Port of Oakland’s “task force” focuses on efficiency
Hundreds of new dockworkers have joined the Oakland labor pool since July. As a result, vessels are being loaded and unloaded on schedule.
in the NewsDiesel prices decline for 5th week in a row CBRE data shows decent, but changing trends for logistics & industrial real estate in the Americas U.S.-bound shipments impress in April, reports Panjiva U.S.-bound shipments shine in April, reports Panjiva Going Beyond Rate Negotiations for Logistics Cost Savings More News
In the wake of a summer-long labor shortage hampering dockside operations, the Port of Oakland now maintains that its “efficiency task force” is ready to establish new benchmarks for cargo throughput.
“There has been a lot of improvement at the port over the last three-to-six months,” a major manufacturer told the group of 30 shippers, ocean carriers, marine terminal operators and labor leaders at a recent meeting here. “But the pressure is on to make sure products flow.”
Hundreds of new dockworkers have joined the Oakland labor pool since July, task force members were told. As a result, vessels are being loaded and unloaded on schedule. Ships that bypassed Oakland due to the labor shortage are returning. And cargo is more readily available for delivery.
“The ships are working and we are seeing positive results,” said Jim Rice, General Manager of Oakland International Container Terminal, one of five marine terminals operating in Oakland.
The port said it will now concentrate on eliminating bottlenecks that delay cargo from reaching its final destination. “Nothing is more important than this,” said Executive Director Chris Lytle. “We’re making progress, but there are still problems.”
Terminal operators noted recent acceleration in moving containerized cargo out of the port. But some cargo owners said they still face delays in moving imports and exports through Oakland. Task force members provided updates on initiatives intended to improve cargo flow:
- By January, the Port should have a mobile application that gives harbor truckers wait times at marine terminals.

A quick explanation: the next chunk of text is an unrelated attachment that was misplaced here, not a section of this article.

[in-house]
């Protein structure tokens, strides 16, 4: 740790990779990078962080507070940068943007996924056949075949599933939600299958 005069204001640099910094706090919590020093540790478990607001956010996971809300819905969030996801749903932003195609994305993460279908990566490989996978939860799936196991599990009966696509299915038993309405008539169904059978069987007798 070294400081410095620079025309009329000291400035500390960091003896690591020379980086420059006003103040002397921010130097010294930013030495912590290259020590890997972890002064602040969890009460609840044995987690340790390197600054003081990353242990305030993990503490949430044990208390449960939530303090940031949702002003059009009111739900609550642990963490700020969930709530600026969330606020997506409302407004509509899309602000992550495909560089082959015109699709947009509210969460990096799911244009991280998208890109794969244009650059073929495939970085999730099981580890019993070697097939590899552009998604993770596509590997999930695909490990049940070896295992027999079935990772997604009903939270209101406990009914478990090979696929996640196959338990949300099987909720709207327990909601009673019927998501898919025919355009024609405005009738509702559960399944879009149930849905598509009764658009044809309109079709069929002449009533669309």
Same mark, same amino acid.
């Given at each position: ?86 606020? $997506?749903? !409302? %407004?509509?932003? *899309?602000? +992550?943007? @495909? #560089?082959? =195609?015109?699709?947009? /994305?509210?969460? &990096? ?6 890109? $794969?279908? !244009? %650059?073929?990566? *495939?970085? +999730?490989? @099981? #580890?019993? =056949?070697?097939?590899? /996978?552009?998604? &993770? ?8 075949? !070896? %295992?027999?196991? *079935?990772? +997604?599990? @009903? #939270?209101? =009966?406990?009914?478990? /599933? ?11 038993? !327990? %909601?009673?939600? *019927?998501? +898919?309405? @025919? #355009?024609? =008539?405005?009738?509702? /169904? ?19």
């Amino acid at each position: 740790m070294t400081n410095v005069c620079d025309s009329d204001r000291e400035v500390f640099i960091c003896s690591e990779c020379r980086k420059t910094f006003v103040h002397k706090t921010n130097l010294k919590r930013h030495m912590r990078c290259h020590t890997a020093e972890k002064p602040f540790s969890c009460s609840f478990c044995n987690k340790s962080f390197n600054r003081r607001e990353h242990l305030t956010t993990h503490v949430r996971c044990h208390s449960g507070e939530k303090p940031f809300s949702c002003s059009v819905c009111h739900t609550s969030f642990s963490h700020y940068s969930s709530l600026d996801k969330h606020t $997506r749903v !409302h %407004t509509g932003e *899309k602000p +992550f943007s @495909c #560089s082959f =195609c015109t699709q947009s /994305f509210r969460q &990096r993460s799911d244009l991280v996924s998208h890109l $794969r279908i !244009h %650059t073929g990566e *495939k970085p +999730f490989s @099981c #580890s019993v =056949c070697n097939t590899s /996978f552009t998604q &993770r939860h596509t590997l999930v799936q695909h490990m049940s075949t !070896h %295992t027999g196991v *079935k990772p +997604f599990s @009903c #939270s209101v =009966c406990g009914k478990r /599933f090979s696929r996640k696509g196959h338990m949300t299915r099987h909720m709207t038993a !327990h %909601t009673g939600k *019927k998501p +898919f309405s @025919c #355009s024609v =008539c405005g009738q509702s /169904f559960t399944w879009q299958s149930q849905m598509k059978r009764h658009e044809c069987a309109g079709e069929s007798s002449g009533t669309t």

- Also in January, the Federal Maritime Commission is expected to respond to a plan for full Saturday operations in Oakland. It’s anticipated that Saturday gates could open by March. They’re expected to ease pressure on Monday-through Friday operations. Oakland terminals are already open on weekends for vessel operations, but rarely for other activities. The new arrangement would open terminals every Saturday for full operations, including gate entry. That would enable harbor truckers to pick-up containerized imports for delivery, drop-off exports or return empties.
- Major chassis-leasing companies are reviewing plans for a common pool of chassis to make it easier and faster for truckers to move in and out of terminals. The port expects the common pool to be up and running in the first quarter next year.
The task force currently has four work groups addressing additional efficiency measures including an appointment system for harbor truckers, maintenance protocols for cargo-handling equipment, performance metrics, and chassis-related issues. The task force was created last summer to get industry-wide insights into Oakland’s operational performance.
About the AuthorPatrick Burnson, Executive Editor Patrick Burnson is executive editor for Logistics Management and Supply Chain Management Review magazines and web sites. Patrick is a widely-published writer and editor who has spent most of his career covering international trade, global logistics, and supply chain management. He lives and works in San Francisco, providing readers with a Pacific Rim perspective on industry trends and forecasts. You can reach him directly at [email protected]
Subscribe to Logistics Management Magazine!Subscribe today. It's FREE!
Get timely insider information that you can use to better manage your entire logistics operation.
Start your FREE subscription today!
Transportation Trends and Best Practices: The Battle for the Last Mile 2017 Technology Roundtable: Are we closer to “Intelligent” Logistics? View More From this Issue